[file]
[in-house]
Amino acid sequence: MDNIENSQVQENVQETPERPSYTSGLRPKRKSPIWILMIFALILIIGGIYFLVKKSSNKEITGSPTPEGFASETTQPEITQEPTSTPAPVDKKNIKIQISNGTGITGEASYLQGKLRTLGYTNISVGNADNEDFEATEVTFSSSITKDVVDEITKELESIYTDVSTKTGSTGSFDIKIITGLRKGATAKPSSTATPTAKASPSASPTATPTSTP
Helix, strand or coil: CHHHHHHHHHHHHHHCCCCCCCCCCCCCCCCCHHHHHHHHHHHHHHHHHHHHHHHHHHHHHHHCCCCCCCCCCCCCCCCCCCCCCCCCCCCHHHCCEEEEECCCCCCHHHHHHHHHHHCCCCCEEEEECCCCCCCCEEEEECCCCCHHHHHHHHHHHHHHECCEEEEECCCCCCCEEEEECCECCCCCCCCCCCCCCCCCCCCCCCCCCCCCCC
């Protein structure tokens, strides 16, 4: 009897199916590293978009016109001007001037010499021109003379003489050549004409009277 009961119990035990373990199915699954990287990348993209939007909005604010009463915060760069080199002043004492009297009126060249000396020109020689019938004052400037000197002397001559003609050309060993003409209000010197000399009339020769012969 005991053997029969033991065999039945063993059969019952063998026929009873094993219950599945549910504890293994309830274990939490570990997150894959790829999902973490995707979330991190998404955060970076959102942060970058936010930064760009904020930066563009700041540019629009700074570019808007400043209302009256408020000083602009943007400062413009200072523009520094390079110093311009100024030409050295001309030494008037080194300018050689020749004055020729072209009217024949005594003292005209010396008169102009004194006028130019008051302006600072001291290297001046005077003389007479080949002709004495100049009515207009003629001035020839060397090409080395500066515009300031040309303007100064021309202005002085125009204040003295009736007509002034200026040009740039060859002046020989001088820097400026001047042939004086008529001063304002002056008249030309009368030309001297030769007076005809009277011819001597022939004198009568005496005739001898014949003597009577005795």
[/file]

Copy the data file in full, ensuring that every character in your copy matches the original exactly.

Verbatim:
[in-house]
Amino acid sequence: MDNIENSQVQENVQETPERPSYTSGLRPKRKSPIWILMIFALILIIGGIYFLVKKSSNKEITGSPTPEGFASETTQPEITQEPTSTPAPVDKKNIKIQISNGTGITGEASYLQGKLRTLGYTNISVGNADNEDFEATEVTFSSSITKDVVDEITKELESIYTDVSTKTGSTGSFDIKIITGLRKGATAKPSSTATPTAKASPSASPTATPTSTP
Helix, strand or coil: CHHHHHHHHHHHHHHCCCCCCCCCCCCCCCCCHHHHHHHHHHHHHHHHHHHHHHHHHHHHHHHCCCCCCCCCCCCCCCCCCCCCCCCCCCCHHHCCEEEEECCCCCCHHHHHHHHHHHCCCCCEEEEECCCCCCCCEEEEECCCCCHHHHHHHHHHHHHHECCEEEEECCCCCCCEEEEECCECCCCCCCCCCCCCCCCCCCCCCCCCCCCCCC
């Protein structure tokens, strides 16, 4: 009897199916590293978009016109001007001037010499021109003379003489050549004409009277 009961119990035990373990199915699954990287990348993209939007909005604010009463915060760069080199002043004492009297009126060249000396020109020689019938004052400037000197002397001559003609050309060993003409209000010197000399009339020769012969 005991053997029969033991065999039945063993059969019952063998026929009873094993219950599945549910504890293994309830274990939490570990997150894959790829999902973490995707979330991190998404955060970076959102942060970058936010930064760009904020930066563009700041540019629009700074570019808007400043209302009256408020000083602009943007400062413009200072523009520094390079110093311009100024030409050295001309030494008037080194300018050689020749004055020729072209009217024949005594003292005209010396008169102009004194006028130019008051302006600072001291290297001046005077003389007479080949002709004495100049009515207009003629001035020839060397090409080395500066515009300031040309303007100064021309202005002085125009204040003295009736007509002034200026040009740039060859002046020989001088820097400026001047042939004086008529001063304002002056008249030309009368030309001297030769007076005809009277011819001597022939004198009568005496005739001898014949003597009577005795």